You've probably heard that Novell's buying SUSE Linux and taking a $50 million investment from IBM. Clearly this shows Novell is looking for be a player in a way that they could never accomplish by just selling applications and system add-ons for Windows. The acquisition of Ximian gave Novell a cache of great Linux products, but that doesn't really help them get out of their funk. Novell still has a large installed base of Netware customers that they need to migrate to a platform with a future---otherwise they'll lose those customers to Microsoft. Now they've got a server they can use to backfill Netware. They can't do that with a Linux server that they don't have pretty tight control over, so buying a Linux company is a natural choice: it gives them a product, lots of Linux expertise to tap, and some credibility.
This is probably a good thing for Linux users in general because Novell will likely some good work done on making Linux work well inside the corporate IT shop. Most large IT shops don't have the luxury of being a pure Linux or Microsoft shop. They have to be both. Linux has made some great strides toward being a good corporate citizen. This provides additional pressure in that direction.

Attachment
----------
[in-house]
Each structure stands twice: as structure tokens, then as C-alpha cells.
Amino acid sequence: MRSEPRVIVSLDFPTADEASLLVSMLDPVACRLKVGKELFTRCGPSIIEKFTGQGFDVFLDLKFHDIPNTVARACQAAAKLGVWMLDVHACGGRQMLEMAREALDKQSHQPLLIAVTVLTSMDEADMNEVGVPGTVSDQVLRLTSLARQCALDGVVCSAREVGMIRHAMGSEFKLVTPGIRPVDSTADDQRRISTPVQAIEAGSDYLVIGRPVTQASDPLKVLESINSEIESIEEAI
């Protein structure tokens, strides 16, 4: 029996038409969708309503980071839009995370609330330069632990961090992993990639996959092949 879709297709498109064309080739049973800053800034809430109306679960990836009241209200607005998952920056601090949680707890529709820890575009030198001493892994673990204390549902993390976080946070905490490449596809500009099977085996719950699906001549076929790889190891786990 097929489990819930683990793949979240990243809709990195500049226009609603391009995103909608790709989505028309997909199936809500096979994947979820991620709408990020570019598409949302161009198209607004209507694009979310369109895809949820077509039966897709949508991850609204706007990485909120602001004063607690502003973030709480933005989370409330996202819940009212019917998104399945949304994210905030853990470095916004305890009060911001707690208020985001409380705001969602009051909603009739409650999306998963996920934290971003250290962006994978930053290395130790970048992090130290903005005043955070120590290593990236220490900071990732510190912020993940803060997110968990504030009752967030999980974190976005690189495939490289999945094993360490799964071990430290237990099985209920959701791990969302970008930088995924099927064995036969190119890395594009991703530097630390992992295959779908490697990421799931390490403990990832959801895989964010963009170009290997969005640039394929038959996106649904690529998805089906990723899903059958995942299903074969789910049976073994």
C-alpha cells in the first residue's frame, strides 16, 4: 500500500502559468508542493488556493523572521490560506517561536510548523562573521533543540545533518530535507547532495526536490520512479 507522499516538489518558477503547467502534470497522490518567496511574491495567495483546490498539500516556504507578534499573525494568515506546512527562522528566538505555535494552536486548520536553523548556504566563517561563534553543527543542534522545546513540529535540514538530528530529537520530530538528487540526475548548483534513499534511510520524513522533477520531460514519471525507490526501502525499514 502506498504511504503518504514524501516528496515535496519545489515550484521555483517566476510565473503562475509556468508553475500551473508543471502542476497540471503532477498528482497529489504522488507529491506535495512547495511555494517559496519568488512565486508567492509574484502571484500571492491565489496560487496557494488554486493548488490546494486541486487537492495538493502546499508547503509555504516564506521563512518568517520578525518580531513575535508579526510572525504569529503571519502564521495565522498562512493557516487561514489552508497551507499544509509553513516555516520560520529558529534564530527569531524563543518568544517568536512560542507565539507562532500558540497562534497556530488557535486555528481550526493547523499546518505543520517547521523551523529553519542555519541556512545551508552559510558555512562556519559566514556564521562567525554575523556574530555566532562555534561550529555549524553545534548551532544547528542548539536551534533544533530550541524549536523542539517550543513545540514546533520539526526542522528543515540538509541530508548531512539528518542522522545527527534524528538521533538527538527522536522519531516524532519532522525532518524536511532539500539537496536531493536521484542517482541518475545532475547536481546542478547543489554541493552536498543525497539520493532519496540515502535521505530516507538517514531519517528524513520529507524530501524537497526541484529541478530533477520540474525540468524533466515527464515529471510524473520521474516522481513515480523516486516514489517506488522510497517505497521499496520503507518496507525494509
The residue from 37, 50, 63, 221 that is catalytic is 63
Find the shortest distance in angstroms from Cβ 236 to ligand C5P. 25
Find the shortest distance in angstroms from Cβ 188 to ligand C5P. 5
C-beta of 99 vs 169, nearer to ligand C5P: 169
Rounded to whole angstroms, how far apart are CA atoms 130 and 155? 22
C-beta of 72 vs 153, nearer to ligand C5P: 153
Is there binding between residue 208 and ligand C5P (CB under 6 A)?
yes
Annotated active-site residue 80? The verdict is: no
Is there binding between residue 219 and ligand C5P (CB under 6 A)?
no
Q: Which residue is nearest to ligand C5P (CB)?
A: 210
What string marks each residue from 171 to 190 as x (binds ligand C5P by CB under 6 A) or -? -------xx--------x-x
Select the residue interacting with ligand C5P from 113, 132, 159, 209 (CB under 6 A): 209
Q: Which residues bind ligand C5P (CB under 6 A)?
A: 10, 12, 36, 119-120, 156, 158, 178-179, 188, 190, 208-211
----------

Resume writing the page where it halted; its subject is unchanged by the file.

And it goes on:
In all, if I were a Novell shareholder, I'd be pleased with the decision. Its hard to see a huge downside from Novell's standpoint. I don't see it as a "let's beat Microsoft" move which has been the undoing of novell in the past. I see it as a legitimate strategy based on their installed base. The group of Linux users who distrust corporations in any guise will see evil lurking behind every shadow of this deal. I see it as just one more indication that Linux is getting stronger and more important.